Thursday, March 12, 2009

Formatting Copperclad Substrates

Formatting refers to the process of assembling the copperclad substrates with backing and entry materials into a drilling stack and marking the entire stack in such a way that the orientation or each substrate is uniquely determined. In the case of a multilayer board, the layers must be stacked in the same orientation and order that they will occupy in the finished board. You must also determine beforehand whether your design will require blind or hidden vias, and establish a plan to drill these added holes in the proper layers. If you plan to make a number of multilayer PCBs, building a formatting template will save you a lot of work and help insure consistent results.

To some degree, the steps that you follow when stacking the substrates will depend on whether you will be drilling manually or have the use of an automated drilling machine.

For the sake of simplifying this discussion, the component side of the finished PCB will be referred to as the top and the solder side will be referred to as the bottom. The process for formatting and drilling a double-sided board is identical to the treatment of the inner layer.


To get your layers ready for drilling:

  1. Assemble the copperclad substrates into a stack wherein each substrate is in the same position and orientation (copper side up or copper side down) as it will be in the final PCB.
  2. On the bottom of the stack, add a sheet of exit foil and piece of backing material (min. thickness = 0.08"). To the top, add a sheet of entry foil. Starting from the top, the stack should consist of: entry foil / top laminate / inner laminate / bottom laminate / exit foil / backing material
  3. Backing material and entry foil, when used in conjunction with a pressure foot during drilling will virtually eliminate the formation of burrs on the top and bottom of the substrate. This is no minor consideration since copper is very ductile and tends to form long, difficult to remove cylindrical burrs around each hole. Entry foil (which is the same thing as exit foil) is also used on both sides of the stack to minimize cleanup after hole-wall activation.Tape the stack together by using four short pieces of masking tape angled across each corner.
  4. In the middle of one side, about 0.25" (6.4mm) in from the edge, drill a 0.125" (3mm) dowell hole through the entire stack and insert a dowell pin until it is flush with the bottom of the backing material.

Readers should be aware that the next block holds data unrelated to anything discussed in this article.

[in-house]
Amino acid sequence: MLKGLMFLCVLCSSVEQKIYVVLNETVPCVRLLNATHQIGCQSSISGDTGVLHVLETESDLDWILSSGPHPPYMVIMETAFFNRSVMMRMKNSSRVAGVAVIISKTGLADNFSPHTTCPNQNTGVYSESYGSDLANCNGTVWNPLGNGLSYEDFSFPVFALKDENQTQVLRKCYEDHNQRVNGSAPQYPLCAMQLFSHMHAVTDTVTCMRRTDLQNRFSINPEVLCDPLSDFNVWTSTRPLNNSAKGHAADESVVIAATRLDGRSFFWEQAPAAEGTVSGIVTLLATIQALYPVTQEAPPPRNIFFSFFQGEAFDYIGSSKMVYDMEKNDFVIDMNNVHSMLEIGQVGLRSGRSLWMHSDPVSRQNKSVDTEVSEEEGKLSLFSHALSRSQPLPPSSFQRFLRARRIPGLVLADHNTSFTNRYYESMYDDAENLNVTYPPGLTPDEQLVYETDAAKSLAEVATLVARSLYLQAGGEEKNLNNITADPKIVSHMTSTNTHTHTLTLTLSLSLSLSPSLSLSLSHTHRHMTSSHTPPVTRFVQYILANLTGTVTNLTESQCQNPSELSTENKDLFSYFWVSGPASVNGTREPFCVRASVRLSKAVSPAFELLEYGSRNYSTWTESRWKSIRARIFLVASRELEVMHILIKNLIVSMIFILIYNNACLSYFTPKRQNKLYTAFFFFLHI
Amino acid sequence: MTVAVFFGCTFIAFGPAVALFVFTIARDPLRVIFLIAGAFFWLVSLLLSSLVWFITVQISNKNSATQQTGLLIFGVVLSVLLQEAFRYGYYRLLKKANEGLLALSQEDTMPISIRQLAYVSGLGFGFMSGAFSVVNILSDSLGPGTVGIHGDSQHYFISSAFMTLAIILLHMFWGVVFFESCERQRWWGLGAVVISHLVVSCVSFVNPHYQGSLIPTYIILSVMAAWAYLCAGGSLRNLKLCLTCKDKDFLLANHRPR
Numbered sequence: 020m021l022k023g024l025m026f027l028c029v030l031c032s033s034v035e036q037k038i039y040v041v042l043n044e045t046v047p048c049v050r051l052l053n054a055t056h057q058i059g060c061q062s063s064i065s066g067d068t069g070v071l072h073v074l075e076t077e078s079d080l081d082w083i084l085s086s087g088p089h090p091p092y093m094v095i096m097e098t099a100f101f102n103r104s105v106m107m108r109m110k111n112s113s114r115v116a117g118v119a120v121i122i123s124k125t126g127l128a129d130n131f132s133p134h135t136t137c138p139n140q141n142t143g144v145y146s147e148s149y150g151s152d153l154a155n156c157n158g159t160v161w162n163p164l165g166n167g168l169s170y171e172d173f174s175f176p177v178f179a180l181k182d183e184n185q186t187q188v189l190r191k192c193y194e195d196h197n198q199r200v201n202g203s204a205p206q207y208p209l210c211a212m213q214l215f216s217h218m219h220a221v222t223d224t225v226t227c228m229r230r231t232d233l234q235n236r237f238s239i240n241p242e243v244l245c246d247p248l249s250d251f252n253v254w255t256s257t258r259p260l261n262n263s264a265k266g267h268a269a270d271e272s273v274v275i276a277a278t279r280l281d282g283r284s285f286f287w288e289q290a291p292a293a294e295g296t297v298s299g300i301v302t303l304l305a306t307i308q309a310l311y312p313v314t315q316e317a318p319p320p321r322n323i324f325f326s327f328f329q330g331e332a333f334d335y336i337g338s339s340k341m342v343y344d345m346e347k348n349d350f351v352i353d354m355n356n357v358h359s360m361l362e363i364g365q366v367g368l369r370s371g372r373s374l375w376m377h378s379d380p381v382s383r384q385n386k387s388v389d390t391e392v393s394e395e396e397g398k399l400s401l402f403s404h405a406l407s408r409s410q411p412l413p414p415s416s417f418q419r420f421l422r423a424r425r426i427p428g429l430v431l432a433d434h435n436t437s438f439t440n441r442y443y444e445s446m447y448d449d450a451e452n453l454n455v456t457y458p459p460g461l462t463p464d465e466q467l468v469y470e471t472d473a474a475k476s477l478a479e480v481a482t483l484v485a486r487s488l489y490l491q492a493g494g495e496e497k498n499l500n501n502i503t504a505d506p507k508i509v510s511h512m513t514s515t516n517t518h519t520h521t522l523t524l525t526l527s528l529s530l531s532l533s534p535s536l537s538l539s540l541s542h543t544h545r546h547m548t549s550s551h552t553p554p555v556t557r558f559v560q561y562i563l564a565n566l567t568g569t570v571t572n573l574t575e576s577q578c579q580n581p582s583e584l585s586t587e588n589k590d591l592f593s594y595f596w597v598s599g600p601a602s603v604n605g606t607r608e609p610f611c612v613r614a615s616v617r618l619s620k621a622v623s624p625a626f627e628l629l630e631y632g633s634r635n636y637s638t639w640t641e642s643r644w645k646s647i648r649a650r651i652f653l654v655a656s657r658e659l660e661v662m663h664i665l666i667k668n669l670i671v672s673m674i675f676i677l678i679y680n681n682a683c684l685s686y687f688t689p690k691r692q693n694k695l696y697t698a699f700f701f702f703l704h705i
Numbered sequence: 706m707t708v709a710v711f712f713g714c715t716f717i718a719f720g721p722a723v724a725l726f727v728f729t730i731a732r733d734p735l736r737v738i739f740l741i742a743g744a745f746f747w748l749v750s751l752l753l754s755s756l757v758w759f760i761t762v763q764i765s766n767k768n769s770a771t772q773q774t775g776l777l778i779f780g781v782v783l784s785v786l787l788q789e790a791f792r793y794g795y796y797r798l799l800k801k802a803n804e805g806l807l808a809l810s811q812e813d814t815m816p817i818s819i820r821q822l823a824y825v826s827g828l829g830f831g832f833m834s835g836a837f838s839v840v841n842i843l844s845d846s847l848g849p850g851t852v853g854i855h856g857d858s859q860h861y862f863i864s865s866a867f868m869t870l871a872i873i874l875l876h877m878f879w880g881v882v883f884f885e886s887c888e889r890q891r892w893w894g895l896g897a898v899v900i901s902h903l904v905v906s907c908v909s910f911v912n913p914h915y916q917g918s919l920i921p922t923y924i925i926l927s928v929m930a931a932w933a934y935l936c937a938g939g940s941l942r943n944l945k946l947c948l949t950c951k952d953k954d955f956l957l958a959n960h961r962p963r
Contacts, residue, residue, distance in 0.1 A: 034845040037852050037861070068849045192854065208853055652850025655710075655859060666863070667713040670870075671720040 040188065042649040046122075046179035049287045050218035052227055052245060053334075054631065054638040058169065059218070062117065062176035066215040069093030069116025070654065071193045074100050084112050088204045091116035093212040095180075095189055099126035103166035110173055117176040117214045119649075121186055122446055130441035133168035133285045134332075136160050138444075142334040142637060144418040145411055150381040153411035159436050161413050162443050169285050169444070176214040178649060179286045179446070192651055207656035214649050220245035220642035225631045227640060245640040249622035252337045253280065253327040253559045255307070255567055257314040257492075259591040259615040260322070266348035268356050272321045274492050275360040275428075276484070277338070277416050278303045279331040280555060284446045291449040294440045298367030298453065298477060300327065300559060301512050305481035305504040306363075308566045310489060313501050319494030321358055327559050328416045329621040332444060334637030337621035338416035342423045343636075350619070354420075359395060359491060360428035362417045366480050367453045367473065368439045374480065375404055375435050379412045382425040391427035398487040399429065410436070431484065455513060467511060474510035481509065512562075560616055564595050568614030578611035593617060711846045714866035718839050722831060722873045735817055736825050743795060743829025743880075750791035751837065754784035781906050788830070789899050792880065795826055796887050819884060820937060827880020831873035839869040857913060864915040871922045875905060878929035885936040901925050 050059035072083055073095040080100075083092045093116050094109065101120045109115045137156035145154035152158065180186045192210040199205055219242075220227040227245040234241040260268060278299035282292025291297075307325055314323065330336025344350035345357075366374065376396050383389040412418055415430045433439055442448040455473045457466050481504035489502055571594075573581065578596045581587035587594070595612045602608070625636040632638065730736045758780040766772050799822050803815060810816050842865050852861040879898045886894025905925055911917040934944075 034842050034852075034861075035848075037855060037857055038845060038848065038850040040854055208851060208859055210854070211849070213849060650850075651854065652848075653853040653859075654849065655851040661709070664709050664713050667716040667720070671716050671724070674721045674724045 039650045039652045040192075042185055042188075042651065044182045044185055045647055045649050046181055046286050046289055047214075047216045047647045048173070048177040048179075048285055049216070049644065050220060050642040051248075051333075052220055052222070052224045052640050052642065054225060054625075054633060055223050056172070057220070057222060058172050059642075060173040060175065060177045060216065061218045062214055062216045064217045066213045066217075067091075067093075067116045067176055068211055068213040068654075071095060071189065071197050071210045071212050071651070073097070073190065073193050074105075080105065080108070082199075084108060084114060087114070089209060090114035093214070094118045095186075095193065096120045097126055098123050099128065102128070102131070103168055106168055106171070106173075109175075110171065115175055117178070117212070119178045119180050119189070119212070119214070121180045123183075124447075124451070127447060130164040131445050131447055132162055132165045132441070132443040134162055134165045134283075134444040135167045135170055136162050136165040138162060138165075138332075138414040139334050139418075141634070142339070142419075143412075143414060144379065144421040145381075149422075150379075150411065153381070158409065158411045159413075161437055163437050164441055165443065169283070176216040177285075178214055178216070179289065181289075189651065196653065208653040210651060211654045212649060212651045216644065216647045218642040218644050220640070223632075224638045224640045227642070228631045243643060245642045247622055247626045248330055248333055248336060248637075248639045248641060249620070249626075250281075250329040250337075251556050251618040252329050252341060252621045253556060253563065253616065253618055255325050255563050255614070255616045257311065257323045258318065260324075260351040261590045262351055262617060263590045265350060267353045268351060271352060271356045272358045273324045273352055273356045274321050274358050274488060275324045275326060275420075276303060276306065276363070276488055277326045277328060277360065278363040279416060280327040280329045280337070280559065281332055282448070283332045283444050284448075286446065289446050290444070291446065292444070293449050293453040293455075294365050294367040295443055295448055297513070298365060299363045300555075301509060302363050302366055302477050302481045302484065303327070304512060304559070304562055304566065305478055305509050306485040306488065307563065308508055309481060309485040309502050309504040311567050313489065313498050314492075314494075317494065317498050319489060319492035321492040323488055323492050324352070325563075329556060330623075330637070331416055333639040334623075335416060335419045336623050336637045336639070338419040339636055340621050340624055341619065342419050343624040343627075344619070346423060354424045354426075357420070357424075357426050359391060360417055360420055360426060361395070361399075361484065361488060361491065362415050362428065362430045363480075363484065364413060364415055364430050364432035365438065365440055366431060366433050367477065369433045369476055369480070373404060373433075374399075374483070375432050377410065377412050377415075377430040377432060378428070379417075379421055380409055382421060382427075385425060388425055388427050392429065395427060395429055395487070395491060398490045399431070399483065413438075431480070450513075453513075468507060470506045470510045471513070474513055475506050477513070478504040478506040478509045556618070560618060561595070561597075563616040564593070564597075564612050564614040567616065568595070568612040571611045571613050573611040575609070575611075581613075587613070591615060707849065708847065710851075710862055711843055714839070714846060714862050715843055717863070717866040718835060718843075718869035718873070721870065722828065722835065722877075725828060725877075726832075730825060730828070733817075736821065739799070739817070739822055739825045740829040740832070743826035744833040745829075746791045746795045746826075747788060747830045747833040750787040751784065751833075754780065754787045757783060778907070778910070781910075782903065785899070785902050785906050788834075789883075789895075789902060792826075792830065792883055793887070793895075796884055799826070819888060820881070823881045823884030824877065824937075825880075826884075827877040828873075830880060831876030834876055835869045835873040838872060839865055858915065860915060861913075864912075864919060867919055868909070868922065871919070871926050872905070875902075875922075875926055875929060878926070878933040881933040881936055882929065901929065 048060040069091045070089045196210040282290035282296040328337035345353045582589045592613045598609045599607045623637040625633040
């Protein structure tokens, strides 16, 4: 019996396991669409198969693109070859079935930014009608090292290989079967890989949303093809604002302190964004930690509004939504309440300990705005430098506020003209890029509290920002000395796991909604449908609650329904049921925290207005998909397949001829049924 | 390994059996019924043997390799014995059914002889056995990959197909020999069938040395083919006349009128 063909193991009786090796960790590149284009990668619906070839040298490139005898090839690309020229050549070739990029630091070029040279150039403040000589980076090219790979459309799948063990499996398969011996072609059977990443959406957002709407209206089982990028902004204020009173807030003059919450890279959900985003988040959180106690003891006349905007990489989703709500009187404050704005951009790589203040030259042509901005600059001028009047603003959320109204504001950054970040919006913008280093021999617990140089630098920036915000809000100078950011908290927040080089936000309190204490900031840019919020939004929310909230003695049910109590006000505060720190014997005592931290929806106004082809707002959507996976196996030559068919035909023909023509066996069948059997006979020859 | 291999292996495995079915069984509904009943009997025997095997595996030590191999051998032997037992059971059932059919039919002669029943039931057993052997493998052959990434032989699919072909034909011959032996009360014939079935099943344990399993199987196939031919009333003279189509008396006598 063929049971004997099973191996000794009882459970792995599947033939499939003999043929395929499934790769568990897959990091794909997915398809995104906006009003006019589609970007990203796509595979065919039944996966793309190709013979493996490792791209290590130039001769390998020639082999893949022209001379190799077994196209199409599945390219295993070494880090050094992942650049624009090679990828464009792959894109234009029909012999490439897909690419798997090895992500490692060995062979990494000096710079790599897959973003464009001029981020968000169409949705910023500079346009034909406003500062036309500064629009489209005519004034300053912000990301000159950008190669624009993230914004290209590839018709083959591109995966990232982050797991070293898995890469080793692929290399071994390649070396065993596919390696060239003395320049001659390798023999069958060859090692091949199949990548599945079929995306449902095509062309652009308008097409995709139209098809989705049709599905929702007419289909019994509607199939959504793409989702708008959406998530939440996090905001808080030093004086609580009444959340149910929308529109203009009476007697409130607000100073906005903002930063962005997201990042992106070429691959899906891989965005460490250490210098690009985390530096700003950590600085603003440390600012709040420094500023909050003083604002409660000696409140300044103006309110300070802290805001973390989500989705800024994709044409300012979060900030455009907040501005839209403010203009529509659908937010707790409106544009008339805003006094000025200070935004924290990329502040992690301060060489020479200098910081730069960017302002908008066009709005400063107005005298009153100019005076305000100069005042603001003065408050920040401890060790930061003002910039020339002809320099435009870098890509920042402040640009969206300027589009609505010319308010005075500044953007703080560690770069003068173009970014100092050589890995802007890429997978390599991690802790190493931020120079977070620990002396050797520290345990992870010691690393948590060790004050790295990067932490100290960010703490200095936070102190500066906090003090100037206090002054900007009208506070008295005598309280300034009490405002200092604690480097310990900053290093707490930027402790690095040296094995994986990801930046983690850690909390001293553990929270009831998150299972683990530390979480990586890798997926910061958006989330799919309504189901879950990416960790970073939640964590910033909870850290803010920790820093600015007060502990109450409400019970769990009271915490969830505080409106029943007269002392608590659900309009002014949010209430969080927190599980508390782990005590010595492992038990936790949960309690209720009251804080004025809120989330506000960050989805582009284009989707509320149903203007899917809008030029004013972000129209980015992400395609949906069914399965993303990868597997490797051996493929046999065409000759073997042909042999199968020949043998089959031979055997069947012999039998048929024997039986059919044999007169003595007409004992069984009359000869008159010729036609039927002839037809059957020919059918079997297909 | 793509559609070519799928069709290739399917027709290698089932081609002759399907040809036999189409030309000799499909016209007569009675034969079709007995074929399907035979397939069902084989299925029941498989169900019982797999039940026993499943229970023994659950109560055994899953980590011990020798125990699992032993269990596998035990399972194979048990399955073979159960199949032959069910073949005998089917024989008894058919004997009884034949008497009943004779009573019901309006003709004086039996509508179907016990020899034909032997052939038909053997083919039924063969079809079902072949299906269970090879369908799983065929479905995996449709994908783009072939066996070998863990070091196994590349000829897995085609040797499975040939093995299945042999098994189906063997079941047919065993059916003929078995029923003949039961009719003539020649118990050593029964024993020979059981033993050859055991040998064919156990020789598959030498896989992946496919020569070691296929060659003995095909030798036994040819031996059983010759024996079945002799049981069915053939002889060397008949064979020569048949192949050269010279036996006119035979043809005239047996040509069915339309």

5. In the opposing side, offest from the middle of the side by at least 1" (3cm) and inset about 0.25" (6.4mm) in from the edge, drill another 0.125" (3mm) dowell hole through the stack and insert a dowell pin as before.
  6. Make sure that both dowell holes are outside of the area to be occupied by your circuit pattern.
  7. The reason for offsetting the second hole is to establish enough left to right asymmetry to insure that the stack can only be reassembled with the various layers in their original orientation. You could also do this visually by notching the same corner on each layer, but it is a lot easier to drill a hole off center than it is to cut or file FR-4.
  8. If you will be using an automated drilling machine, the the stack is now ready for positioning on the drill table.

Mounting a drillmaster

If you intend to manually drill the stack, there is a further step that can significantly simplify the entire operation and give you a reliable visual check to make sure that all of the needed holes have been drilled.

  1. Using adhesive label stock (e.g. "laser" labels or reprographic transfer film comprised of a paper or plastic printing surface, a layer of pressure sensitive adhesive,and a siliconized release liner), instruct your ECAD system to print or plot a 1 to 1 (100% scale) drillmaster.
  2. It is very important that you determine the scales of both axes of your printer or plotter before printing the drillmaster (or subsequent artwork). These numbers should be used during the configuration of your ECAD software printer driver to insure that all printed / plotted output conforms to real world measurements; i.e. that a plotted inch is really equal to an inch plus-or-minus an acceptable tolerance (0.005" or 0.1mm max.)
  3. Properly configured, a drill master will plot out the location of every hole in your board, using a unique symbol to represent each drill size. As such, it forms an excellent roadmap for manual drilling.
  4. Peel off the release liner on the back of the adhesive and carefully apply the drillmaster to the entry foil on the top of your stack. Make sure that the "label" goes on without wrinkles or voids. Once the drillmaster is in place to your satisfaction, you are ready to manually drill the stack.

Remember that, if you are making a design that requires buried or blind vias, you will need to reserve unique symbols for each unique layer. As a matter of practicality, drill the through-holes first. It is then safe to pull the stack apart and assemble a substack containing the backing material, the layers that need further drilling, and the entry foil with the mounted drillmaster.

Note: If your design is small enough, or your label stock and printer format big enough, you can include the dowell holes drilled above in the drillmaster and mount it to the entry foil before assembling the stack. This has the advantage of locating the dowell holes with your PCB layout software where you can insure that the holes do not conflict with any circuit element or mechanical mounting holes.

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